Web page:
When looking at reviewsof my Linn Axis / Basik arm which was a similar price/performance point as your Systemdek in the day, the view was you would need to go to at least a Rega Planar 3 with an RB300/330 to get any benefit. So you are looking at £600+ new to make any difference (excl cartridge).

Personally I'd love a Michell Gyro but more for looks than anything else :)

Edit - posts crossed in the ether, agree with @rorackowe
 

bobert

Active Member
I have a Systemdeck IIX too, fitted with a moth 250 arm and a At cart that I cant quite recall.
I also have a bluesound 2i for streaming tidal MQA and have tried a back to back test (Van Morrison - Into the Mystic) and my thoughts reflect your own, I prefer the sound of the vinyl. Im not an audiophile, so I cant explain exactly why though. I feel Vinyl is more suited to a 'serious' listen after going through the ceremony of getting the needle on the disc and all that entails, just having it play as background music seems a little disrespectful, so for me, its Streaming for background music, but for an album that I really want to listen to, ill turn to the vinyl.
 

rorackowe

Well-known Member
I have both - a Systemdex IIx900, RB250, Goldring 2100, (in my study with Creek MM phono stage and Ruark MR1 spekers) and a Gyro SE, OL RB 250, Reson Reca on the built in phono stage of a RN 602 Yamaha.

My wife won't let me move the Gyro out of the lounge as she loves the looks.

I'm not a critical listener, they both sound good enough. I've come to a point where I can't justify spending more and don't have the room for a dedicated space so these are likely to stay. I've had the Gyro for 18 years now, still looks fresh.
 

gibbsy

Moderator
Well, well. I'll go to the foot of my stairs. All the cajoling and prodding you towards SACD and you're going back to snap, crackle and pop. ;)
 

Khankat

Well-known Member
I know which I prefer and I know what ought to be the better system for sound reproduction. But, subjectively, analogue is my preference. Always has been, always will.

Mark Baker of Origin Live views sums it up for me.
 

Numpty112233

Active Member
I know which I prefer and I know what ought to be the better system for sound reproduction. But, subjectively, analogue is my preference. Always has been, always will.

Mark Baker of Origin Live views sums it up for me.
An interesting article with the potential to plant a seed that could blossom forth with great financial out lay... However it is just one person's view and many a digitophile (if such a word exists) would rip his arguments to shreds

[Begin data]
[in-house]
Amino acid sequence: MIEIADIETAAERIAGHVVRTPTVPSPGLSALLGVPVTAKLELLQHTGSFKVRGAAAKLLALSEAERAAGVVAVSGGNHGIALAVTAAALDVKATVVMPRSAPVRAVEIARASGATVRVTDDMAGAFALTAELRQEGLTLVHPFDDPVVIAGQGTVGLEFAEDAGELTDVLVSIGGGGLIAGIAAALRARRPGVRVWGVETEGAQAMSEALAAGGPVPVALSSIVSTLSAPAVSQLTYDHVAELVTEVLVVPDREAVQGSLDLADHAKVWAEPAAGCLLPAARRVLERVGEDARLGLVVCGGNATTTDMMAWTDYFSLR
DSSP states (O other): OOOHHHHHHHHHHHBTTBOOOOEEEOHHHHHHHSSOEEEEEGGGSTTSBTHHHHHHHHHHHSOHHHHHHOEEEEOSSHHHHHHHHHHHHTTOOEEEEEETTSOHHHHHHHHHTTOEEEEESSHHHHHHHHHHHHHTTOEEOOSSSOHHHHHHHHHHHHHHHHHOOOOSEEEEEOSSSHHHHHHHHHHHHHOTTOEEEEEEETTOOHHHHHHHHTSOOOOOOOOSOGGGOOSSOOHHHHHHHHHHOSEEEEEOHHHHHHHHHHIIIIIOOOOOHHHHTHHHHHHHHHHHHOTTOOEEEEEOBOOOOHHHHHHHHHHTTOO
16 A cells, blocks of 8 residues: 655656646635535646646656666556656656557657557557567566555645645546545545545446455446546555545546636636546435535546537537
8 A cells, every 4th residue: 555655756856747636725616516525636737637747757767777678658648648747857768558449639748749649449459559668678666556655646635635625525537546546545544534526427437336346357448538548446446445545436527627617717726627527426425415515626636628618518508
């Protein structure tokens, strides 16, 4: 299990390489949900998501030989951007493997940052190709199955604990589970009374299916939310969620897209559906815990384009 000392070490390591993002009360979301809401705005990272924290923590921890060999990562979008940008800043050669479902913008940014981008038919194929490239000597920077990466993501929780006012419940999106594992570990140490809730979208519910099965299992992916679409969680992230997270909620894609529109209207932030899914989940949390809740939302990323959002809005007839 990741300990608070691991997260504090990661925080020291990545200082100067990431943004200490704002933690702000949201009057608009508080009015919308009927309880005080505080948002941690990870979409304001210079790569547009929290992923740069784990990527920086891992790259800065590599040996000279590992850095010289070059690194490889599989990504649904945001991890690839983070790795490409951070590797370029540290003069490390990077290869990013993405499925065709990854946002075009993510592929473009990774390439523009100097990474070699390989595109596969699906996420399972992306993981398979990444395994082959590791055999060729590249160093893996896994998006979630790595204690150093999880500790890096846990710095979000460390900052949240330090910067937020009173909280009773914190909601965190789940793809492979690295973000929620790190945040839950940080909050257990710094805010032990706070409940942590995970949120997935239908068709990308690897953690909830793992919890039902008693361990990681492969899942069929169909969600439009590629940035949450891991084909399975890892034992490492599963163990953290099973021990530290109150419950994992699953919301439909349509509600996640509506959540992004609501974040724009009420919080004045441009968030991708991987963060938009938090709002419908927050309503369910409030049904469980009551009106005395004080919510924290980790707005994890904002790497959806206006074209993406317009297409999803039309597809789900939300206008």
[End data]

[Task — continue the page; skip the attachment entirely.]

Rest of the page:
gibbsy

Moderator
I know which I prefer and I know what ought to be the better system for sound reproduction. But, subjectively, analogue is my preference. Always has been, always will.

Mark Baker of Origin Live views sums it up for me.
Really, like everything in audio, it's personal preference and what suits each individual best. We bought our first cheap CD player because it was simply easier for the wife to listen to music when she was working in her darkroom. Then we bought a second higher quality one to go in the rack as it was pointless buying vinyl and CD of the same album. Got to prefer the CD's sound. In those days the CDs were of a far higher audio quality for dynamic range than new artist's material is today.
 

Derek S-H

Distinguished Member
Really, like everything in audio, it's personal preference and what suits each individual best. We bought our first cheap CD player because it was simply easier for the wife to listen to music when she was working in her darkroom. Then we bought a second higher quality one to go in the rack as it was pointless buying vinyl and CD of the same album. Got to prefer the CD's sound. In those days the CD's were of a far higher audio quality for dynamic range than new artist's material is today.

It's funny you should say this, Gibbsy, because whenever I listen to some of my 80's CD's I am shocked at how quiet and muffled they sound compared to a contemporary CD.

Mind you, brickwalling probably plays a part here - it just seems more dynamic, punchy and loud but there's actually far less of a dynamic range than those old CD's, and certainly Vinyl.
 

Numpty112233

Active Member
It's funny you should say this, Gibbsy, because whenever I listen to some of my 80's CD's I am shocked at how quiet and muffled they sound compared to a contemporary CD.

Mind you, brickwalling probably plays a part here - it just seems more dynamic, punchy and loud but there's actually far less of a dynamic range than those old CD's, and certainly Vinyl.
Interesting - my old CD of Brothers In Arms plays at half the volume (possibly less. The difference is stark) than the CD layer on my SACD (20th Anniversary) Because of this imbalance I found it difficult to compare, but may have another attempt
 

gibbsy

Moderator
It's funny you should say this, Gibbsy, because whenever I listen to some of my 80's CD's I am shocked at how quiet and muffled they sound compared to a contemporary CD.

Mind you, brickwalling probably plays a part here - it just seems more dynamic, punchy and loud but there's actually far less of a dynamic range than those old CD's, and certainly Vinyl.
A lot of the early CDs were pressings from early tapes that were used for vinyl to cash in the popularity of the new CD players. Some analogue recordings transferred very badly to digital. Ones that were then re-mixed to a better standard can sound wonderful. Artists that recorded direct to digital in the 1990s produced perhaps some of the best CDs.